One of the most persistent problems in our world is poverty – most people in the poor countries are stuck in their poverty. There is only so much that foreign aid and microbanking can do. I suggest that wealthy nations take the initiative to open up their job markets to the entire world.
If every country in the world opened up their job markets, job seekers will flock to countries with the highest pay. The job seeker that meets the hiring requirements and is willing to work for the lowest pay (presumably pay that is double of that of his or her home economy) will get the job. This results in the transfer of wealth from a richer country to a poorer country.
One of the effects on the economy of the rich country will be high unemployment. Employees used to a more cushy work environment will no longer be able to find jobs that meet their expectations. Employers will have much more choices and will be able to lower pay and reduce job benefits without worries that they could not retain talent. Resentful unemployed protesters will descend upon government offices to demand that all foreign workers be sent home immediately.
Meanwhile, the economy of the foreign workers will boom. With the increased remittances, spending will increase dramatically. Villages will work themselves out of poverty, building shops, acquiring farms, investing in machinery and opening factories. The poor families will finally be able to afford three meals a day, and be able to send their children to school. Infant mortality rates will fall as the government has more funds (via taxes) to spend on better healthcare. Crime rates will go down as petty criminals and kidnappers find legal employment. Sweatshops will close down as an increase in the bargaining power of the poor workers (who can work anywhere else in the world) forces vastly improved working conditions.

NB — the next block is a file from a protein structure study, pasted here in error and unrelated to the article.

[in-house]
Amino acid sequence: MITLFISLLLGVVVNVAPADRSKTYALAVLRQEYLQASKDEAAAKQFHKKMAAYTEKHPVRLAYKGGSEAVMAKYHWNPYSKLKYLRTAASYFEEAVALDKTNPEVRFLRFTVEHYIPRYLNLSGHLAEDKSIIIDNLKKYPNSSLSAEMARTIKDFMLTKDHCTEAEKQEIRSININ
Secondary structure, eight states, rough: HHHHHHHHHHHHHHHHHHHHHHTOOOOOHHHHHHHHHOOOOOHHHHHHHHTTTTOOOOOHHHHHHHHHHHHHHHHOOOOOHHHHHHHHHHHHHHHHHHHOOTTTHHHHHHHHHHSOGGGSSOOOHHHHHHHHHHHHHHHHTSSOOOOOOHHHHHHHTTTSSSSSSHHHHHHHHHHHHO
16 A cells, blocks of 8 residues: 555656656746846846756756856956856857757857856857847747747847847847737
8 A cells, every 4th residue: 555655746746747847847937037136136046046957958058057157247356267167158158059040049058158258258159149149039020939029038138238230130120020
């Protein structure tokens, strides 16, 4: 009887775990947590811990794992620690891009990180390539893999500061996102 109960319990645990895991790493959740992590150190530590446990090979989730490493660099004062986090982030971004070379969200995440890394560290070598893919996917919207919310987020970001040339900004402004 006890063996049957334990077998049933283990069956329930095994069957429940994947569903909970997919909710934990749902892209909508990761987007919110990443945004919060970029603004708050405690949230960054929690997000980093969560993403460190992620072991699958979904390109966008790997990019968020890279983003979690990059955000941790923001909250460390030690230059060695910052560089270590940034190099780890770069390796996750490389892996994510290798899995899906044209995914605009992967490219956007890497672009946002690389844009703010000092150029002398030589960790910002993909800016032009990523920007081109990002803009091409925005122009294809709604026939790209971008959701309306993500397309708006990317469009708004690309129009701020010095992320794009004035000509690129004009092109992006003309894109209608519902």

As wealth continues to flow, prices will fall in the wealthy countries and rise in the poor countries. Eventually, the world will reach a equilibrium where wages are competitively set everywhere in the world, and living standards are closer to equality.
As a member of a rich country, I stand to lose much personally. But if my losses mean that the world will have much lesser problems, I am all for this solution. The question is, which first-world country politician will dare to advocate such a position for his/her platform?